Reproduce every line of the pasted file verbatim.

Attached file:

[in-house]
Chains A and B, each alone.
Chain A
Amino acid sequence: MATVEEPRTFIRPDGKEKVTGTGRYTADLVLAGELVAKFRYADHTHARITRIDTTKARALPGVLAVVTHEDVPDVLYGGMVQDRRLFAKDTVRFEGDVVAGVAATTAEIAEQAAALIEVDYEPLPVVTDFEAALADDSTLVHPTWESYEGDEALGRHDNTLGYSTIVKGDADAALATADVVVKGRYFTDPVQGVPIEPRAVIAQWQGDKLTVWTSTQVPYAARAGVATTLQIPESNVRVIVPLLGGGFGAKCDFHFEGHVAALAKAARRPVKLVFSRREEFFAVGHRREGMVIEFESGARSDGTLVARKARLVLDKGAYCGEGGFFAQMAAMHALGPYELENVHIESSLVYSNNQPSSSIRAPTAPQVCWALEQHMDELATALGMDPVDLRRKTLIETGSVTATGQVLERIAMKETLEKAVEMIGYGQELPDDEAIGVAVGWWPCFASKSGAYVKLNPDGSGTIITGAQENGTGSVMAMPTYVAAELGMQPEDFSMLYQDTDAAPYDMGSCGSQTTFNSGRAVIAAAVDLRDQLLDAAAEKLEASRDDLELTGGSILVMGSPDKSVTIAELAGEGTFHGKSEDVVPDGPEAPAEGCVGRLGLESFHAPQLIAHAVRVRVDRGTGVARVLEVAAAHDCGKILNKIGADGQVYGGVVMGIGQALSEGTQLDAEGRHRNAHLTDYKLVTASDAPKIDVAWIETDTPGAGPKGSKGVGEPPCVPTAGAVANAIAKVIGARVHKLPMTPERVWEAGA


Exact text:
[in-house]
Chains A and B, each alone.
Chain A
Amino acid sequence: MATVEEPRTFIRPDGKEKVTGTGRYTADLVLAGELVAKFRYADHTHARITRIDTTKARALPGVLAVVTHEDVPDVLYGGMVQDRRLFAKDTVRFEGDVVAGVAATTAEIAEQAAALIEVDYEPLPVVTDFEAALADDSTLVHPTWESYEGDEALGRHDNTLGYSTIVKGDADAALATADVVVKGRYFTDPVQGVPIEPRAVIAQWQGDKLTVWTSTQVPYAARAGVATTLQIPESNVRVIVPLLGGGFGAKCDFHFEGHVAALAKAARRPVKLVFSRREEFFAVGHRREGMVIEFESGARSDGTLVARKARLVLDKGAYCGEGGFFAQMAAMHALGPYELENVHIESSLVYSNNQPSSSIRAPTAPQVCWALEQHMDELATALGMDPVDLRRKTLIETGSVTATGQVLERIAMKETLEKAVEMIGYGQELPDDEAIGVAVGWWPCFASKSGAYVKLNPDGSGTIITGAQENGTGSVMAMPTYVAAELGMQPEDFSMLYQDTDAAPYDMGSCGSQTTFNSGRAVIAAAVDLRDQLLDAAAEKLEASRDDLELTGGSILVMGSPDKSVTIAELAGEGTFHGKSEDVVPDGPEAPAEGCVGRLGLESFHAPQLIAHAVRVRVDRGTGVARVLEVAAAHDCGKILNKIGADGQVYGGVVMGIGQALSEGTQLDAEGRHRNAHLTDYKLVTASDAPKIDVAWIETDTPGAGPKGSKGVGEPPCVPTAGAVANAIAKVIGARVHKLPMTPERVWEAGA